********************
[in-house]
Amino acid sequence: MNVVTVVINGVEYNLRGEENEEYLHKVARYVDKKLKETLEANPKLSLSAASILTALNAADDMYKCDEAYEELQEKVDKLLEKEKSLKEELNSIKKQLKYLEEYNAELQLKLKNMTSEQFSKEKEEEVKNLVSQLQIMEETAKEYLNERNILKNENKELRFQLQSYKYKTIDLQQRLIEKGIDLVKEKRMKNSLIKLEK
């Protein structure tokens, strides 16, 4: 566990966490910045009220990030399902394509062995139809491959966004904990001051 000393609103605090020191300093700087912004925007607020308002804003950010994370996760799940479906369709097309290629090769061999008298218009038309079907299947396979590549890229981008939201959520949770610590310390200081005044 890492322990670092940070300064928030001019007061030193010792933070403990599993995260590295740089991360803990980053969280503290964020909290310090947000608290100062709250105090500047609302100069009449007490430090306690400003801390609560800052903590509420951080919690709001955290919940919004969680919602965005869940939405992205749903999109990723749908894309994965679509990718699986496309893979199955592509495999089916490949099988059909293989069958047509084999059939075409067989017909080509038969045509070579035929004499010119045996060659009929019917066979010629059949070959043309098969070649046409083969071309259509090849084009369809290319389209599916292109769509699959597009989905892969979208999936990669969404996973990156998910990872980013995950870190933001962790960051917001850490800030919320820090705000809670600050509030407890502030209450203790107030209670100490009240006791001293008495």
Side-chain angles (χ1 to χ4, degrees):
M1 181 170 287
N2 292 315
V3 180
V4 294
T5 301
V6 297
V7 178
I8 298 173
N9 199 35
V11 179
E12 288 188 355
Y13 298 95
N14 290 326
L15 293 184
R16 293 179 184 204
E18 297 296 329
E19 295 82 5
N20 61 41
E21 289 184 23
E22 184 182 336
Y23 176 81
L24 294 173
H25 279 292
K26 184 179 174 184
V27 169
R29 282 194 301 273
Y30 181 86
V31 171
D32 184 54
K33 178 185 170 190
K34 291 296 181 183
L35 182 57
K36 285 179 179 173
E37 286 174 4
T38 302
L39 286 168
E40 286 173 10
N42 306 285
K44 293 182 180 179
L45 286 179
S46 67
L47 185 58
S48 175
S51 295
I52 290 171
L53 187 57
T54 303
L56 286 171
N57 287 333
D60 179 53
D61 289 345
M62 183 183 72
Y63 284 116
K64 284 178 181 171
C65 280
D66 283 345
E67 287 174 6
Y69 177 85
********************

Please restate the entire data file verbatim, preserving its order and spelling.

[in-house]
Amino acid sequence: MNVVTVVINGVEYNLRGEENEEYLHKVARYVDKKLKETLEANPKLSLSAASILTALNAADDMYKCDEAYEELQEKVDKLLEKEKSLKEELNSIKKQLKYLEEYNAELQLKLKNMTSEQFSKEKEEEVKNLVSQLQIMEETAKEYLNERNILKNENKELRFQLQSYKYKTIDLQQRLIEKGIDLVKEKRMKNSLIKLEK
């Protein structure tokens, strides 16, 4: 566990966490910045009220990030399902394509062995139809491959966004904990001051 000393609103605090020191300093700087912004925007607020308002804003950010994370996760799940479906369709097309290629090769061999008298218009038309079907299947396979590549890229981008939201959520949770610590310390200081005044 890492322990670092940070300064928030001019007061030193010792933070403990599993995260590295740089991360803990980053969280503290964020909290310090947000608290100062709250105090500047609302100069009449007490430090306690400003801390609560800052903590509420951080919690709001955290919940919004969680919602965005869940939405992205749903999109990723749908894309994965679509990718699986496309893979199955592509495999089916490949099988059909293989069958047509084999059939075409067989017909080509038969045509070579035929004499010119045996060659009929019917066979010629059949070959043309098969070649046409083969071309259509090849084009369809290319389209599916292109769509699959597009989905892969979208999936990669969404996973990156998910990872980013995950870190933001962790960051917001850490800030919320820090705000809670600050509030407890502030209450203790107030209670100490009240006791001293008495």
Side-chain angles (χ1 to χ4, degrees):
M1 181 170 287
N2 292 315
V3 180
V4 294
T5 301
V6 297
V7 178
I8 298 173
N9 199 35
V11 179
E12 288 188 355
Y13 298 95
N14 290 326
L15 293 184
R16 293 179 184 204
E18 297 296 329
E19 295 82 5
N20 61 41
E21 289 184 23
E22 184 182 336
Y23 176 81
L24 294 173
H25 279 292
K26 184 179 174 184
V27 169
R29 282 194 301 273
Y30 181 86
V31 171
D32 184 54
K33 178 185 170 190
K34 291 296 181 183
L35 182 57
K36 285 179 179 173
E37 286 174 4
T38 302
L39 286 168
E40 286 173 10
N42 306 285
K44 293 182 180 179
L45 286 179
S46 67
L47 185 58
S48 175
S51 295
I52 290 171
L53 187 57
T54 303
L56 286 171
N57 287 333
D60 179 53
D61 289 345
M62 183 183 72
Y63 284 116
K64 284 178 181 171
C65 280
D66 283 345
E67 287 174 6
Y69 177 85